There is one singular thing that is often more detrimental than unbefriended fear, than limiting beliefs, than unrealized shadows, than un-navigated resistance, than sucky situations.
And that thing is the anxiety, shame, or self-criticism that comes with thinking that we are the only ones who are experiencing the fear, the limiting thinking, the resistance, the messing up, the mess, the imperfection, or the sucky situation.
Even when we know better, we fall into thinking things like—
“I’m the only one who doesn’t feel good enough when I lead client sessions.”
“Everyone else feels like they belong; it’s just me who doesn’t.”
“It’s not normal to be scared to raise my rates.”
“I’m not comfortable in my own skin; something isn’t right with me.”
“It’s so abnormal to be 50 and still not know what my business is about.”
“My kids are so chaotic; there must be something wrong with them.”
“My underarms get so sweaty when I have to give a presentation. What’s wrong with me?”
When things don’t go our way, or when we have a fear, it’s almost like a knee-jerk reaction: without even consciously thinking about it, we just feel that what’s happening to us doesn’t happen to other people, or at least not “normal” people (or successful people or “happy” people).
And when we think what we’re thinking, feeling, having, or experiencing is abnormal, shame can set in.
And like I shared above, this shame can be more detrimental than the thing itself.
As a coach or transformational practitioner, it’s important that you use your deep listening skills to detect when a client has fallen into the thinking that what they’re experiencing is wrong, and then, normalize it for them.
Normalizing falls under the skill set of “creating awareness,” and it is such a vital awareness to create with clients who need it.
Especially in our social media culture where everyone else’s lives look so perfect—perfect looks, perfect careers, perfect meals, perfect relationships—our clients benefit deeply from learning that their messiness, that their fears, that their triggers, that their pain, that their not-so-savory parts are totally normal.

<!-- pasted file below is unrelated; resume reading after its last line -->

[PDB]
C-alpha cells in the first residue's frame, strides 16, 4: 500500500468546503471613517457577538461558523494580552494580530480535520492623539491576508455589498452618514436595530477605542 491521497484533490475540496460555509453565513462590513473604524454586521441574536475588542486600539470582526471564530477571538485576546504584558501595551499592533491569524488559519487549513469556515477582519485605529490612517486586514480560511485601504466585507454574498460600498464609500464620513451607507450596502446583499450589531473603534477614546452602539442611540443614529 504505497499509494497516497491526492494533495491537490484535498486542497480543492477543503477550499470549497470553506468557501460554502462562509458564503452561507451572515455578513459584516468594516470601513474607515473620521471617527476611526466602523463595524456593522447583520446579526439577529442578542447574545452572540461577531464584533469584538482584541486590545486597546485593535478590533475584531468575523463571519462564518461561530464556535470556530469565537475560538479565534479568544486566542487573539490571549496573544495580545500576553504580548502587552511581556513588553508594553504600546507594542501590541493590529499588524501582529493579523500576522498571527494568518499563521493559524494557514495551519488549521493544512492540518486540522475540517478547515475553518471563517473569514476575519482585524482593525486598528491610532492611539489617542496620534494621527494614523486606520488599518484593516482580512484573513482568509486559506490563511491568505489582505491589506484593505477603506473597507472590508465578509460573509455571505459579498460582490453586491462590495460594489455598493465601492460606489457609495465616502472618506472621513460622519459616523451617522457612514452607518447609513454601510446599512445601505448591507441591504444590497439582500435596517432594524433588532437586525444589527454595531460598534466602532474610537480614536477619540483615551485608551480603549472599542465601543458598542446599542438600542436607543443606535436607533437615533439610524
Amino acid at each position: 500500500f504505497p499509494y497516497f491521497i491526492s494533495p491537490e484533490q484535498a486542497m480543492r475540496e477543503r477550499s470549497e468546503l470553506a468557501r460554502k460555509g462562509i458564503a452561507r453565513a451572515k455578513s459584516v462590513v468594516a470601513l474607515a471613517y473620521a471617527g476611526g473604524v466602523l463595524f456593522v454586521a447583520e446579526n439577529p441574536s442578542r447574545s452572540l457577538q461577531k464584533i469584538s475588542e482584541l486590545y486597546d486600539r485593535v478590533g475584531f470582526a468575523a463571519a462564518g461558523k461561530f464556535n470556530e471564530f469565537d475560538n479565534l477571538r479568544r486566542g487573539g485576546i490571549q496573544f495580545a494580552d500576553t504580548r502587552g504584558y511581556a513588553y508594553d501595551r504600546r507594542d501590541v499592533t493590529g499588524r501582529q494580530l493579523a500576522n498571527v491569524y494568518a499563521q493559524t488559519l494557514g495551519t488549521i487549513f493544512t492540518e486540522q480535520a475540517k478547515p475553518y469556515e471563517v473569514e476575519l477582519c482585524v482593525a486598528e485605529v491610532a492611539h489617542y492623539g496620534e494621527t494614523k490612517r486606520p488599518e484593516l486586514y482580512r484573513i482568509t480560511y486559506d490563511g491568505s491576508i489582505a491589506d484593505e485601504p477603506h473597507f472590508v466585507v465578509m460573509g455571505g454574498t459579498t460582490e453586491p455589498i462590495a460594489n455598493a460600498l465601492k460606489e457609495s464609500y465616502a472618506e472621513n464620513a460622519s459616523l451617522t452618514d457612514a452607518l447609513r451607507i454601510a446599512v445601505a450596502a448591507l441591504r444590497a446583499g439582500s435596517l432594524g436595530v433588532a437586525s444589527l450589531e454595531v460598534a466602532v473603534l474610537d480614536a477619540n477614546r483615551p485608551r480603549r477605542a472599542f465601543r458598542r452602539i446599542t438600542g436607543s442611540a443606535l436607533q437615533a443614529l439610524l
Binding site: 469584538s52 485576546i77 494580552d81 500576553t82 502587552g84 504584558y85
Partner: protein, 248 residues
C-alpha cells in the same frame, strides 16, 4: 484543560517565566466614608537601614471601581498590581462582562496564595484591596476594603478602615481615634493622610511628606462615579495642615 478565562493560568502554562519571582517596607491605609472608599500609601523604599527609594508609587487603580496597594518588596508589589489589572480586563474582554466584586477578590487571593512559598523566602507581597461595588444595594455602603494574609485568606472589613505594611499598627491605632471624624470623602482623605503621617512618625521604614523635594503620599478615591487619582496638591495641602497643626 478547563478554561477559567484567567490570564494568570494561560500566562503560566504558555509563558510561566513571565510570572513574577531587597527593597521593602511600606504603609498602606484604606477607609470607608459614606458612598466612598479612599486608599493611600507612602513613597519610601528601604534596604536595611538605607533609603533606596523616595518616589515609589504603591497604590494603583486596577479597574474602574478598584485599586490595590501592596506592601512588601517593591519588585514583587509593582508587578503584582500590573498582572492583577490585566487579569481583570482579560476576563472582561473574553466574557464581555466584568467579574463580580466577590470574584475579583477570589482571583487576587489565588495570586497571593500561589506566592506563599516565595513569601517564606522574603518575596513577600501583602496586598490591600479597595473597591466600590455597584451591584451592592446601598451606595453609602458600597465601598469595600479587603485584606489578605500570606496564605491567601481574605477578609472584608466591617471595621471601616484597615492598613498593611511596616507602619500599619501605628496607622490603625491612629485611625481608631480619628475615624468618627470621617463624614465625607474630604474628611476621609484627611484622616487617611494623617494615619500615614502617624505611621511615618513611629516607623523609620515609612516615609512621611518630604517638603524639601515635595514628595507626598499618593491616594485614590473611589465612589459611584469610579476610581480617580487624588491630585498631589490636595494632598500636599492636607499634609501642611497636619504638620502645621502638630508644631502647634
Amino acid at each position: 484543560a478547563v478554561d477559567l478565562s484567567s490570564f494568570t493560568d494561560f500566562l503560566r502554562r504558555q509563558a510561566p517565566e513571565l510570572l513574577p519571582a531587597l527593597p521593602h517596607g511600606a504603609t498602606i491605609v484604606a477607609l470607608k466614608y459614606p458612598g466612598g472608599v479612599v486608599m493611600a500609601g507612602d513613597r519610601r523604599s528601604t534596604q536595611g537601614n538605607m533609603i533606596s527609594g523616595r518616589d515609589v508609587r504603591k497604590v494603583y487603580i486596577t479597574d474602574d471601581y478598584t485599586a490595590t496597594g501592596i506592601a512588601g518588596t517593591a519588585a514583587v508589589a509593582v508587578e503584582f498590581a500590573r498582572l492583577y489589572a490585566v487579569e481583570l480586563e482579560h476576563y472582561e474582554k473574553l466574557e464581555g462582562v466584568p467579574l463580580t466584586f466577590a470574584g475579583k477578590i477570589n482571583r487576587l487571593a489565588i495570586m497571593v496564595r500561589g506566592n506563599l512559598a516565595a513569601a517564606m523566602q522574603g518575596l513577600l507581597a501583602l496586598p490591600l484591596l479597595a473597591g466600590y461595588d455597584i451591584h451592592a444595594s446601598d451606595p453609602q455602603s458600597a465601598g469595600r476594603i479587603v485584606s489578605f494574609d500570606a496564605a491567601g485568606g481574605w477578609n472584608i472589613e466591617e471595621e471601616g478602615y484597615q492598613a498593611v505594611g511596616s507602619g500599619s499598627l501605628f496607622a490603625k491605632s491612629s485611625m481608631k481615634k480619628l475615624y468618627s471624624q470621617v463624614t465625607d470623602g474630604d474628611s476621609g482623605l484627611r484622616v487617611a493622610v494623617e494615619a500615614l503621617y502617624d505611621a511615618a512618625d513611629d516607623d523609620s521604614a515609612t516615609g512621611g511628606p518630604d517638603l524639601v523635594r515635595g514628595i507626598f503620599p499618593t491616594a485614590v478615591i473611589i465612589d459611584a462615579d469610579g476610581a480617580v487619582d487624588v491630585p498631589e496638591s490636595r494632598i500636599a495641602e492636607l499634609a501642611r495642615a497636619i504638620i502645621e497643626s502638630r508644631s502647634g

And when they can really see and feel that what they are experiencing is normal, they can loosen up a bit. They can be gentler with themselves. They can let go of some shame. They can maybe even appreciate what they’re experiencing.
A week or two ago, I heard Brené Brown share that normalizing is the opposite of pathologizing.
I have seen this to be true over and over again, and I routinely normalize with my clients.
And when I do, the feeling of a big, deep sigh of relief is palpable.
They eventually thank me for normalizing their situation with them. And also for showing them that I’m not perfect and that you don’t need to be perfect to create what you want.
I share all sorts of things that support them to stop pathologizing themselves and their situations, that support them to soften themselves and who they are; things like:
“I still, after all these years, get nervous and super sweaty before I give a big presentation.”
“I really want people to like me, too.”
“It’s so normal to be terrified to raise your rates.”
“Sometimes, I too want to just quit everything and run away.”
“My not-good-enough stuff still creeps in sometimes, even more than sometimes.”
“Yeah, my body is doing weird things too now that I’m in my 40s.”
“So many entrepreneurs get anxious when it comes to sales calls.”
“Everyone has a part of themselves that is jealous of others.”
“I haven’t yet spoken to a single parent of a teenager who has told me their kid’s room isn’t a danger zone.”
And so on. And so on.
The normalizing doesn’t mean that we don’t then work to change what we want to change. It just means that the work of change is being fueled by a place of self-love and compassion versus a place of self-hatred and brutality.
I use the skill of normalizing not only in client sessions but in all of my marketing. Because I see my marketing not just as material to sell my offerings, but as a service to anyone who comes in contact with it. And if my marketing is truly going to be of service, it needs to poke holes in the myths of perfection and normalize the human experience.
If you’re not already using the skill of “normalizing” in your work and marketing, my invitation to you is to start looking for the places where you can. Be of service to those you connect with by not letting them fall into the trap of thinking they’re alone in their experience or that there’s something wrong with them for feeling the way that they do.
Don’t underestimate the impact that “normalizing” can have.
It can be a healing gift that helps others love themselves and their lives more deeply.
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